Held- Court contradicted judgment of Roger Shashoua, BALCO and held that “Seat” of the arbitration and “Venue” of the arbitration are distinct from each other and if the arbitration agreement only mentioned the “Venue of arbitration”, the same can be considered as the “Seat of arbitration” only if arbitration agreement has explicitly mentioned it or other factors of the arbitration agreement indicate that. The Apex Court held that the arbitration agreement should be read holistically to deduce the ‘seat’ of arbitration. 

In the present case, the Supreme Court read the Arbitration agreement holistically and considered the Model Law as a factor to deduce the seat of arbitration. As per the Model Law if there is no mention about the place of arbitration, then the same can be determined by the arbitral tribunal. The Apex court noted that the award was signed and declared in Kuala Lumpur, but the place of arbitration was not expressly determined by the arbitral tribunal. So, the ‘seat’ of arbitration is not Kuala Lumpur and the award rendered isn’t a “foreign award”, which entitle the Indian court to entertain the application under Section 34 of the Act.

Post Hardy Exploration

In the case of Brahmani River Pellets v. Kamachi Industries, the matter was involved of domestic arbitration, but the court in the case obliterated the difference between “seat” and “venue” and held that, in the absence of specification of “seat” of arbitration in the arbitration agreement, the “venue” of the arbitration would be same as “seat” of the arbitration without any other concomitant factors. The court neither mentioned any reason for its judgment nor applied or set any test or standard which could determine that “venue” would be considered as “seat”. This blanket formula could have far-reaching effects on the arbitration because the venue of the arbitration could be flexible and could take place at different locations but the same can’t go with the seat of the arbitration.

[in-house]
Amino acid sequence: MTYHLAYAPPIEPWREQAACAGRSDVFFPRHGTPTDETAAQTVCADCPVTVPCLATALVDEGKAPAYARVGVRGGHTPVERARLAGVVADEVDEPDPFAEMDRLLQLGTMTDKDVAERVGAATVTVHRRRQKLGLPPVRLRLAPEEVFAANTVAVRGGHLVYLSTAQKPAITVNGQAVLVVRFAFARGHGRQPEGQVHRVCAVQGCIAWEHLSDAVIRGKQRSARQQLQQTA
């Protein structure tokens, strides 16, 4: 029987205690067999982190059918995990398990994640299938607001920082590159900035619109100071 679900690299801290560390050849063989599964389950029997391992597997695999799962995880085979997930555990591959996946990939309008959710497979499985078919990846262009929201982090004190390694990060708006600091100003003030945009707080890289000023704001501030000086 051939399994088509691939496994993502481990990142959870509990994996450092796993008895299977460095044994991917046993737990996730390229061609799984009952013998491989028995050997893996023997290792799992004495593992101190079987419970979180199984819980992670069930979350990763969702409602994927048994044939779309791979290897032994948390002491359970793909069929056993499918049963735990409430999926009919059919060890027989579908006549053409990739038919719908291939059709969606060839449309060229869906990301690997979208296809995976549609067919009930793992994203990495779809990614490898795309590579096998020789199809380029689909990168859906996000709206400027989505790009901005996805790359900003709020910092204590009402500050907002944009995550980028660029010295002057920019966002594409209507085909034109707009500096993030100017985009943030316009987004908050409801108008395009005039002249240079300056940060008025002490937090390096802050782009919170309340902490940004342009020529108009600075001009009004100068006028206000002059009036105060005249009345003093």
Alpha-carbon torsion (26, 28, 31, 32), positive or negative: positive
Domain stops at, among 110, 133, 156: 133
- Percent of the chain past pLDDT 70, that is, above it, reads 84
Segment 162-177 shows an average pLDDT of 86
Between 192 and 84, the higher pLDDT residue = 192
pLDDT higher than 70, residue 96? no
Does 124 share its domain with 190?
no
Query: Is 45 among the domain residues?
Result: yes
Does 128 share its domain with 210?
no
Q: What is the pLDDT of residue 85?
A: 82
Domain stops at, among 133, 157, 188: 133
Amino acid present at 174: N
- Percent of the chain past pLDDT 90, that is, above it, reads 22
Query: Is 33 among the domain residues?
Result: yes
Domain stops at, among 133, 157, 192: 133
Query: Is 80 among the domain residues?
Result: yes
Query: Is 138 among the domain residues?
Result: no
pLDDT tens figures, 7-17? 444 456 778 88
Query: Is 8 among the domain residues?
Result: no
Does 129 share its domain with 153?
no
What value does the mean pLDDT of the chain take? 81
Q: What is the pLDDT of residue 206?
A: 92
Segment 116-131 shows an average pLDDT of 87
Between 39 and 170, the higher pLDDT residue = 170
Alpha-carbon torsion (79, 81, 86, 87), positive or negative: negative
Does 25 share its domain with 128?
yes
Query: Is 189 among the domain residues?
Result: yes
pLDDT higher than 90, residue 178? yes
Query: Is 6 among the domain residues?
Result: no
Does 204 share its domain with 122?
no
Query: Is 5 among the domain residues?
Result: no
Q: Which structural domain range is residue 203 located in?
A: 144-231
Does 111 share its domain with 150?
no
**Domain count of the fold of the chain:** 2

Another landmark judgment in this series of judicial interpretation is BGS SGS Soma v. NHPC, (BGS Soma). Many regarded the BGS Soma judgment to be the defining moment in the never-ending debate of “seat vs. venue”, as it tried to clarify and describe the stand of the Apex Court on the issue. In this particular judgment, the Apex Court restored the reasoning of Roger Shashoua and BALCO, and held that choosing the “venue” of the arbitration is akin to the choosing of the “seat” of the arbitration. And, the absence of any contrary indication about any difference in the context of “seat” and “venue” shall be a strong sign to regard both venue and seat as indistinguishable and not required any explicit mention of the same as held in Hardy. This judgment was hailed by many as significant. Nonetheless, the judgment being contrary to Hardy has added fuel to the already undying debate on “seat vs. venue”. Also, the Court held that the law laid down in Hardy shouldn’t be considered as a good law as being contrary to the judgment of a five-judge bench in BALCO and Roger Shashoua.